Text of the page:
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Dr Rebecca Monson
ANU College of Law, Australian National University
Dr Caroline Compton
UNSW Law, University of New South Wales
Professor Daniel Fitzpatrick
Faculty of Law, Monash University
Dr Adil Hasan Khan
Melbourne Law School, University of Melbourne
Dr Fanny Thornton
Faculty of Business, Government & Law, University of Canberra

Legal scholars, disaster studies and humanitarian practitioners alike frequently recognise the challenges to state sovereignty and the rule of law associated with climate change and natural disasters. Nevertheless, there remains a continued emphasis on the role of the state in responding to ‘risk’, ‘insecurity’ and ‘vulnerability’ associated with factors such as race, class, gender and place. Amongst donors, scholars, and NGOs, the state is usually conceptualised as a source and site of stability and security capable of addressing vulnerability and precarity. This is the case even for ‘weak’, ‘fragile’ or ‘failing’ states which are perceived to lack the capacity to deliver stability, security and certainty. Indigenous forms of resilience or localised approaches to adaptation or mitigation are simultaneously ignored, downplayed or even actively undermined. Indeed, in many instances, disaster recovery introduces the state into previously stable communities, and through the implementation of ‘recovery plans’ and ‘building back better’, communities are destabilised and alternative ways of knowing and governing are disrupted.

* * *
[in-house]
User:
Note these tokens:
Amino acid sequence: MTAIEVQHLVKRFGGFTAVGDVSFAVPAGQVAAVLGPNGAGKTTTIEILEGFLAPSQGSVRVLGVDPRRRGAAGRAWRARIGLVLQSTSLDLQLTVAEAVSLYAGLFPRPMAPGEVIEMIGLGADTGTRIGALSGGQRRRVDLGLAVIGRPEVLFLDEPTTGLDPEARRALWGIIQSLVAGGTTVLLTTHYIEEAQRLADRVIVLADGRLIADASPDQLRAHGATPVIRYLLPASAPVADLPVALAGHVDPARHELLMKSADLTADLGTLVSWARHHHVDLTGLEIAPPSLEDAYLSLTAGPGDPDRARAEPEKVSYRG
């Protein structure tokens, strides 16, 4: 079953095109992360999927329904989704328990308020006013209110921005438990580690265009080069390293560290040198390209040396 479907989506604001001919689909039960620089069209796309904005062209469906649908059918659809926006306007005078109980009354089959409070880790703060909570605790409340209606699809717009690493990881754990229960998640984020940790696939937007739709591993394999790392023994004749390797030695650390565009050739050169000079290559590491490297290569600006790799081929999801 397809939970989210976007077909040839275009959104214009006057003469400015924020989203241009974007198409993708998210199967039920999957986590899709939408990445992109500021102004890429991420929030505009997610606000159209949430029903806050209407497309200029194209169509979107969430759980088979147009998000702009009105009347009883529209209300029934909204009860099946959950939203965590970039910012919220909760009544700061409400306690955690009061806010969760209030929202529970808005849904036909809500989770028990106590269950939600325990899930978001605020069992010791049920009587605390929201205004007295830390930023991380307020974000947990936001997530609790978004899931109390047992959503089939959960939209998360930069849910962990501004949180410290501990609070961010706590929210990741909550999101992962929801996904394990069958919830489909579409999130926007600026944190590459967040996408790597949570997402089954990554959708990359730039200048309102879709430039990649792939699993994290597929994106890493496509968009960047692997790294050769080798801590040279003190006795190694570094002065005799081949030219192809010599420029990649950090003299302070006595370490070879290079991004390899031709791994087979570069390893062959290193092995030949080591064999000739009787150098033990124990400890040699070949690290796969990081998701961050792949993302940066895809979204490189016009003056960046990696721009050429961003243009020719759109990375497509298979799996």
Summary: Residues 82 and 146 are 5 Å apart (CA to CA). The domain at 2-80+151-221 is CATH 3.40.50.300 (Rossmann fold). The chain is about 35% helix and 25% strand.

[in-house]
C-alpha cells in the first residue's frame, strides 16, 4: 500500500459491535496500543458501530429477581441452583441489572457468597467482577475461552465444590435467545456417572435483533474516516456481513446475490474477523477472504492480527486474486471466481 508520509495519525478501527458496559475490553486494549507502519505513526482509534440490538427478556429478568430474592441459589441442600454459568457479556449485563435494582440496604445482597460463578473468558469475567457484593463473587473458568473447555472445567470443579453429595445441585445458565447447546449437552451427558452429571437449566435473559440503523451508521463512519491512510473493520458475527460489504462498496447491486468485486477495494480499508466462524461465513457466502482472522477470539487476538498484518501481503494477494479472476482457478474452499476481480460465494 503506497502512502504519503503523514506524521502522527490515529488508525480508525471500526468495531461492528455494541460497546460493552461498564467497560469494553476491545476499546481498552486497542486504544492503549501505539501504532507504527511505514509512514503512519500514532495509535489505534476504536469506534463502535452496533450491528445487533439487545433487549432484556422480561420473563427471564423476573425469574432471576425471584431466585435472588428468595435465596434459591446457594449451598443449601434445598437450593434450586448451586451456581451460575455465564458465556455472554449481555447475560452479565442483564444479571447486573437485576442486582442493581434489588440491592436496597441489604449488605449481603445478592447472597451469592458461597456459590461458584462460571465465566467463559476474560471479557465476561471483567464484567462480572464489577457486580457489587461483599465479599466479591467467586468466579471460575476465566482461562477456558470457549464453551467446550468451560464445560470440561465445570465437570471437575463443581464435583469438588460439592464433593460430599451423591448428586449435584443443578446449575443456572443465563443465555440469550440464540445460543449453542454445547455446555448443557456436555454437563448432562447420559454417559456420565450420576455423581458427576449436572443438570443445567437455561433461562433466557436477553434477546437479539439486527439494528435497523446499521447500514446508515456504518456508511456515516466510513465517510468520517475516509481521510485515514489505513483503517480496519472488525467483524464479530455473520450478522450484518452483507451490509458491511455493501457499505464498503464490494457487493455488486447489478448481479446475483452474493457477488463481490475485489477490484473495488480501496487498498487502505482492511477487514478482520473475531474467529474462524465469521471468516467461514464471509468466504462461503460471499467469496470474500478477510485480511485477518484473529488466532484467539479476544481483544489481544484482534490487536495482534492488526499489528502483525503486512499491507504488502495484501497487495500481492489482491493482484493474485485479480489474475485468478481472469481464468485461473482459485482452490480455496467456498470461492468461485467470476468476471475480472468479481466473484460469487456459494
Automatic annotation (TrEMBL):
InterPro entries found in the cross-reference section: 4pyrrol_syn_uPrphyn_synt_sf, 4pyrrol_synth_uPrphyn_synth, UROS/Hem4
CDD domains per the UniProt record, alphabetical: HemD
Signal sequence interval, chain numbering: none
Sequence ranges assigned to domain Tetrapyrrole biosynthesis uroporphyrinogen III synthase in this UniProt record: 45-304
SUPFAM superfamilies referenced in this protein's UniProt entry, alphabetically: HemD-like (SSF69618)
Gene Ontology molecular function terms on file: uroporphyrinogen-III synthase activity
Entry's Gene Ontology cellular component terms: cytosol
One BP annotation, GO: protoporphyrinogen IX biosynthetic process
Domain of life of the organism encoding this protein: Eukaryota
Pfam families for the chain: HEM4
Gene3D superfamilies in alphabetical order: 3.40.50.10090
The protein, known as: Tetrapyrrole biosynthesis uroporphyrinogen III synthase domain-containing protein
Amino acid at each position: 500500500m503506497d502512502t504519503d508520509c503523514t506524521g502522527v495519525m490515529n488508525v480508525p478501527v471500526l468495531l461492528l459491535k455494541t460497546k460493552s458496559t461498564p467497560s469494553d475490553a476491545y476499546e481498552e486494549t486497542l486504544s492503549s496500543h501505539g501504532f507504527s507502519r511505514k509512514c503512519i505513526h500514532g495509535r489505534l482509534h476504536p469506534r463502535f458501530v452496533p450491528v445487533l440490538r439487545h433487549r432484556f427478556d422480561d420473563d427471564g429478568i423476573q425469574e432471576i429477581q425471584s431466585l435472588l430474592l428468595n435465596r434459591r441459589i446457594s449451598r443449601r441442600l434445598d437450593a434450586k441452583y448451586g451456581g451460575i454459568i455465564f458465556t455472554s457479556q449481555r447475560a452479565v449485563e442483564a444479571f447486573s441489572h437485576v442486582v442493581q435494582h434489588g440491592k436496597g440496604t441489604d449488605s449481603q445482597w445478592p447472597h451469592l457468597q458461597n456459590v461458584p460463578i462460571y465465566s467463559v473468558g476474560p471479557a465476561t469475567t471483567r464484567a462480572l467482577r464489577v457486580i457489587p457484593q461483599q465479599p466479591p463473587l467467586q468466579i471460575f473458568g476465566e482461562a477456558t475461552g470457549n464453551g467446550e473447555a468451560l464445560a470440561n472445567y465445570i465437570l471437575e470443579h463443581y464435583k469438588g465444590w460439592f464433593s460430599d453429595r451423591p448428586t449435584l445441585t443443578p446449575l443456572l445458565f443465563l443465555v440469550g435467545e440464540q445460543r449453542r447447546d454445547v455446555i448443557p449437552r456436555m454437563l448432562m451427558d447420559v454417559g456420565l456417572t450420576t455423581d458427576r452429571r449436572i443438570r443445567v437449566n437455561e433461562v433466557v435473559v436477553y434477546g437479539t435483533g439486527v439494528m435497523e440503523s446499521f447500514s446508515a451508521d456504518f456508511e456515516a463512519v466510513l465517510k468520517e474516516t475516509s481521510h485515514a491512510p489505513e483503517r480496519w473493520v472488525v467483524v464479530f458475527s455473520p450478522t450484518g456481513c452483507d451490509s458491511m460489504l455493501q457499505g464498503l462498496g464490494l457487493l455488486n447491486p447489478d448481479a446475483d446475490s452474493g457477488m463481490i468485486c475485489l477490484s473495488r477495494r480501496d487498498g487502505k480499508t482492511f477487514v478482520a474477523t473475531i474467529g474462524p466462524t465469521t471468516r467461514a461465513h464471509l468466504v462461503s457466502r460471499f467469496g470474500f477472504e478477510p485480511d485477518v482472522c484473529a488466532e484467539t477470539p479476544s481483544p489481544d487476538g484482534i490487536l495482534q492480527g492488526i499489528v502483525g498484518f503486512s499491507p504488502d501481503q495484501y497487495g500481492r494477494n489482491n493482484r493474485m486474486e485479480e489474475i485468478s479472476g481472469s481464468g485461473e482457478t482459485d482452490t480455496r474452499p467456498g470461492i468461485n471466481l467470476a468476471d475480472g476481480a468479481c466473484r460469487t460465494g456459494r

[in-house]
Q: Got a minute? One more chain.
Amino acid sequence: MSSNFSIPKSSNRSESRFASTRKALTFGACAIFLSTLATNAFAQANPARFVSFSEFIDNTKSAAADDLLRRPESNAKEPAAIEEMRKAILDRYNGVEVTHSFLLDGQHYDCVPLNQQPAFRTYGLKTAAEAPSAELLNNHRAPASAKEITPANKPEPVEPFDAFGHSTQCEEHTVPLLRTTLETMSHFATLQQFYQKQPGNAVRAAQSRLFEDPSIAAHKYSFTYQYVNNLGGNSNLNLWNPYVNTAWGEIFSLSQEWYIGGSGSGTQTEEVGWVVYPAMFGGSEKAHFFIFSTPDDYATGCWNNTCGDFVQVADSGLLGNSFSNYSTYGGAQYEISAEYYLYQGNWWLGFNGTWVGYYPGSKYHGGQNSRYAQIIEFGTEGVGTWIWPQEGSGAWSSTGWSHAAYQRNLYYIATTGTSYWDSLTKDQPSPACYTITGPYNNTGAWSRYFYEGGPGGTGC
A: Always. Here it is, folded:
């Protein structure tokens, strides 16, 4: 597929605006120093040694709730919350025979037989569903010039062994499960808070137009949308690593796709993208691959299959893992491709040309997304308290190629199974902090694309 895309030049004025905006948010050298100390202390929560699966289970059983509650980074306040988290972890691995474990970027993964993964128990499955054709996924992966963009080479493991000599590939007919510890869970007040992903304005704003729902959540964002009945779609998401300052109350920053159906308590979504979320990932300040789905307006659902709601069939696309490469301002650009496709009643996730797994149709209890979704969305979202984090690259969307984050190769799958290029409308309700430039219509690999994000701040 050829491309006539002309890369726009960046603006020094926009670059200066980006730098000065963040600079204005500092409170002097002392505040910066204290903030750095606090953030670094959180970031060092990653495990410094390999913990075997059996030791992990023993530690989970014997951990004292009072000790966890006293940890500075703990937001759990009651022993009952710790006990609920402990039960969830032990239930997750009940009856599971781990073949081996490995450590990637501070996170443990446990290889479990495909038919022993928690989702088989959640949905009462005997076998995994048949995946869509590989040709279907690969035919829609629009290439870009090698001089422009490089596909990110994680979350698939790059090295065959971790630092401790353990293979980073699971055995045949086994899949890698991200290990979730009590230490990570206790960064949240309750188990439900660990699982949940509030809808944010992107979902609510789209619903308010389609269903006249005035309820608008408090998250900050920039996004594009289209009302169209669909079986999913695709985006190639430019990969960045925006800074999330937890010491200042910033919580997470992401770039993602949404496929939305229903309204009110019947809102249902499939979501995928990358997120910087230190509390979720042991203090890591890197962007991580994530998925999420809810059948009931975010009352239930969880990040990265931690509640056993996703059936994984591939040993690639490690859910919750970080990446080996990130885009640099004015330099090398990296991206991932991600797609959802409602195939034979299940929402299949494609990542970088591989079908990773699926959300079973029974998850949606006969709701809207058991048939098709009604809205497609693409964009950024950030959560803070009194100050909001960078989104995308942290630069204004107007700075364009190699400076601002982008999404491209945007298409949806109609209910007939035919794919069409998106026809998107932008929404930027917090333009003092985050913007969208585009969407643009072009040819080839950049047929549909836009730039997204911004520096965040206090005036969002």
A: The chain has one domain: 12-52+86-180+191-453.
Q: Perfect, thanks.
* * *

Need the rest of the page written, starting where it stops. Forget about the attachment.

This panel exposes and questions the assumptions of legal centralism, including their particular and contested temporalities and spatialities, which continue to dominate the approaches adopted by donors, governments and NGOs. Papers in this panel not only question whether social, political and environmental stability can ever be achieved though the rule of law, but whether a ‘stable’ legal environment is the best means by which to build resilience and achieve security.

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